Once you have finished, make sure you click on the ‘Go’ button to store the new user.

Adding a User to the wp_usermeta Table

Now you need to find the wp_usermeta table and click it. After that, you should click on the ‘Insert’ tab as you did in the previous step.

Next, you need to add the following information to the Insert form:

  • unmeta_id: leave this blank (it will be auto-generated)
  • user_id: the user ID you used in the previous step
  • meta_key: this should be wp_capabilities
  • meta_value: insert this: a:1:{s:13:"administrator";s:1:"1";}
Fill In the Fields for the New User

After that, when you scroll down you should find fields for a second row. You need to add the following information:

  • unmeta_id: leave this blank (it will be auto-generated)
  • user_id: the user ID you used in the previous steps
  • meta_key: you need to enter wp_user_level
  • meta_value: 10
Fill In the Fields for the New User

When you have finished entering the information into the fields, you need to click the ‘Go’ button. Congratulations, you have created a new admin username.

Now you should be able to log in to your WordPress admin area using the username and password you specified for this user.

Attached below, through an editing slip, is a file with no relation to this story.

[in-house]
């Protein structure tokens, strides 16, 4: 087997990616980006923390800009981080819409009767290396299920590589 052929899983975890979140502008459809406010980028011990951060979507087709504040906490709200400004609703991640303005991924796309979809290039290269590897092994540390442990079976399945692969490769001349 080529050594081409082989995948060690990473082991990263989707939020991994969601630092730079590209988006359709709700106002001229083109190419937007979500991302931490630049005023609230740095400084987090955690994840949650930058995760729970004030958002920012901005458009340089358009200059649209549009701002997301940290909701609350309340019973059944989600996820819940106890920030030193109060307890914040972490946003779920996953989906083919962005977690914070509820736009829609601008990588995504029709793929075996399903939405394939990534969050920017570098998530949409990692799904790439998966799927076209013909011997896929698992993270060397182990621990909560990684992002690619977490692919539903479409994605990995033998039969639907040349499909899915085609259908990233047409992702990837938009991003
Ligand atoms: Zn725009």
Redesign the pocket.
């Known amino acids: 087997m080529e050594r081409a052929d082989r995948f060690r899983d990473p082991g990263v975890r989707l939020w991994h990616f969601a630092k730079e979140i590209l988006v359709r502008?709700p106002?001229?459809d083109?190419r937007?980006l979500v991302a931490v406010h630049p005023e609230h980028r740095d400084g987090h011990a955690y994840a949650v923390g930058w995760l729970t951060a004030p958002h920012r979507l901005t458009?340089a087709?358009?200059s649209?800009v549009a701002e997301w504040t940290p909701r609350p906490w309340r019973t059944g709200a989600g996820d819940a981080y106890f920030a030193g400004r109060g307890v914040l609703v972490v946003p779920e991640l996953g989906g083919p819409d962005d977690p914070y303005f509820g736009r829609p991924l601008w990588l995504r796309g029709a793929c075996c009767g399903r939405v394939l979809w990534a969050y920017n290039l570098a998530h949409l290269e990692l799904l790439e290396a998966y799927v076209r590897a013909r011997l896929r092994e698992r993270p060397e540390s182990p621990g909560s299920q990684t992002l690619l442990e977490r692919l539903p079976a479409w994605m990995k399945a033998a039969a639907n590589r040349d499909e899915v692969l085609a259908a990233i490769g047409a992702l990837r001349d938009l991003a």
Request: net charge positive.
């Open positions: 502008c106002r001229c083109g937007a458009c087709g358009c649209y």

As soon as you log in, you need to navigate to Users » All Users, then click on the username you just created.

Navigate to Users » All Users and Edit the New User

Now, without changing anything, scroll to the bottom of the page and click the ‘Save’ button.

This will allow WordPress to clean up the user you just created and add some needed information.

Adding an Admin User to the WordPress Database Using a SQL Query

If you are a developer, then you can speed up the process using code.

Simply drop this SQL query into your database:

INSERT INTO `databasename`.`wp_users` (`ID`, `user_login`, `user_pass`, `user_nicename`, `user_email`, `user_url`, `user_registered`, `user_activation_key`, `user_status`, `display_name`) VALUES ('3', 'demo', MD5('demo'), 'Your Name', 'test@example.com', 'http://www.example.com/', '2022-09-01 00:00:00', '', '0', 'Your Name');
 
 
INSERT INTO `databasename`.`wp_usermeta` (`umeta_id`, `user_id`, `meta_key`, `meta_value`) VALUES (NULL, '3', 'wp_capabilities', 'a:1:{s:13:"administrator";s:1:"1";}');
 
 
INSERT INTO `databasename`.`wp_usermeta` (`umeta_id`, `user_id`, `meta_key`, `meta_value`) VALUES (NULL, '3', 'wp_user_level', '10');

Make sure you change ‘databasename’ to the database you are working with. Also, don’t forget to change the other values to those you want for the new user, as we explained in the first method.

Drop This SQL Query Into Your Database

We hope this tutorial helped you learn how to add an admin user to the WordPress database via MySQL. You may also want to see our ultimate WordPress security guide, or check out our list of common WordPress errors and how to fix them.

If you liked this article, then please subscribe to our YouTube Channel for WordPress video tutorials. You can also find us on Twitter and Facebook.

The post How to Add an Admin User to the WordPress Database via MySQL first appeared on WPBeginner.